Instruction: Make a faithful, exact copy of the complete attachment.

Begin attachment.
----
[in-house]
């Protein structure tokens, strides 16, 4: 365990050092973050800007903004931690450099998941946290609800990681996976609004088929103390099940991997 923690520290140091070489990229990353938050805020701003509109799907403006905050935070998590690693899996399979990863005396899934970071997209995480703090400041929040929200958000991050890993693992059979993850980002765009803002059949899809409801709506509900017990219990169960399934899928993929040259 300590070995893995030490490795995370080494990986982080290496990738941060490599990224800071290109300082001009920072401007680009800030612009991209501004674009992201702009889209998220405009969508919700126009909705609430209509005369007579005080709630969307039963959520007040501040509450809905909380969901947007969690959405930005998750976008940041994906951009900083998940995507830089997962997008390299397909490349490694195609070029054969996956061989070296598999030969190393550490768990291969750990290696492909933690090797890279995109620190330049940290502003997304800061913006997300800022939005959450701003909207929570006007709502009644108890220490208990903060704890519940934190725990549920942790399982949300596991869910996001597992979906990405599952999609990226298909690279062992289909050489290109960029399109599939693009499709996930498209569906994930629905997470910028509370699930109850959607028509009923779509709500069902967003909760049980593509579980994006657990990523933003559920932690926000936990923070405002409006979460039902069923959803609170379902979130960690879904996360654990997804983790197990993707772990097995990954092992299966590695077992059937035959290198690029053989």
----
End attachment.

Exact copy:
[in-house]
């Protein structure tokens, strides 16, 4: 365990050092973050800007903004931690450099998941946290609800990681996976609004088929103390099940991997 923690520290140091070489990229990353938050805020701003509109799907403006905050935070998590690693899996399979990863005396899934970071997209995480703090400041929040929200958000991050890993693992059979993850980002765009803002059949899809409801709506509900017990219990169960399934899928993929040259 300590070995893995030490490795995370080494990986982080290496990738941060490599990224800071290109300082001009920072401007680009800030612009991209501004674009992201702009889209998220405009969508919700126009909705609430209509005369007579005080709630969307039963959520007040501040509450809905909380969901947007969690959405930005998750976008940041994906951009900083998940995507830089997962997008390299397909490349490694195609070029054969996956061989070296598999030969190393550490768990291969750990290696492909933690090797890279995109620190330049940290502003997304800061913006997300800022939005959450701003909207929570006007709502009644108890220490208990903060704890519940934190725990549920942790399982949300596991869910996001597992979906990405599952999609990226298909690279062992289909050489290109960029399109599939693009499709996930498209569906994930629905997470910028509370699930109850959607028509009923779509709500069902967003909760049980593509579980994006657990990523933003559920932690926000936990923070405002409006979460039902069923959803609170379902979130960690879904996360654990997804983790197990993707772990097995990954092992299966590695077992059937035959290198690029053989």